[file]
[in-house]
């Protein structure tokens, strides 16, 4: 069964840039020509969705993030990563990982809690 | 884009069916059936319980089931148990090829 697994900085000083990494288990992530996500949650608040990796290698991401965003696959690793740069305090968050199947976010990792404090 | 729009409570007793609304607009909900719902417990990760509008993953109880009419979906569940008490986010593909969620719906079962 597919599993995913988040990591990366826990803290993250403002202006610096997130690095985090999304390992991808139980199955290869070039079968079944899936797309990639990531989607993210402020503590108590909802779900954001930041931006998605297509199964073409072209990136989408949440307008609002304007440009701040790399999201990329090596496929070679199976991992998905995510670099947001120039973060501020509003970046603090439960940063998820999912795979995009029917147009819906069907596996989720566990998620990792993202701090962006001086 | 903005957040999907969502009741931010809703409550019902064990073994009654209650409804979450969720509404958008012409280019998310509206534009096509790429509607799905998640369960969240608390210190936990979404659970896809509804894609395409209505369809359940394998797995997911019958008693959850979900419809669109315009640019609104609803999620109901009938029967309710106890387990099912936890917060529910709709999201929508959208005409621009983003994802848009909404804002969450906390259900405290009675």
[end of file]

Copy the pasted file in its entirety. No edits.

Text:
[in-house]
């Protein structure tokens, strides 16, 4: 069964840039020509969705993030990563990982809690 | 884009069916059936319980089931148990090829 697994900085000083990494288990992530996500949650608040990796290698991401965003696959690793740069305090968050199947976010990792404090 | 729009409570007793609304607009909900719902417990990760509008993953109880009419979906569940008490986010593909969620719906079962 597919599993995913988040990591990366826990803290993250403002202006610096997130690095985090999304390992991808139980199955290869070039079968079944899936797309990639990531989607993210402020503590108590909802779900954001930041931006998605297509199964073409072209990136989408949440307008609002304007440009701040790399999201990329090596496929070679199976991992998905995510670099947001120039973060501020509003970046603090439960940063998820999912795979995009029917147009819906069907596996989720566990998620990792993202701090962006001086 | 903005957040999907969502009741931010809703409550019902064990073994009654209650409804979450969720509404958008012409280019998310509206534009096509790429509607799905998640369960969240608390210190936990979404659970896809509804894609395409209505369809359940394998797995997911019958008693959850979900419809669109315009640019609104609803999620109901009938029967309710106890387990099912936890917060529910709709999201929508959208005409621009983003994802848009909404804002969450906390259900405290009675």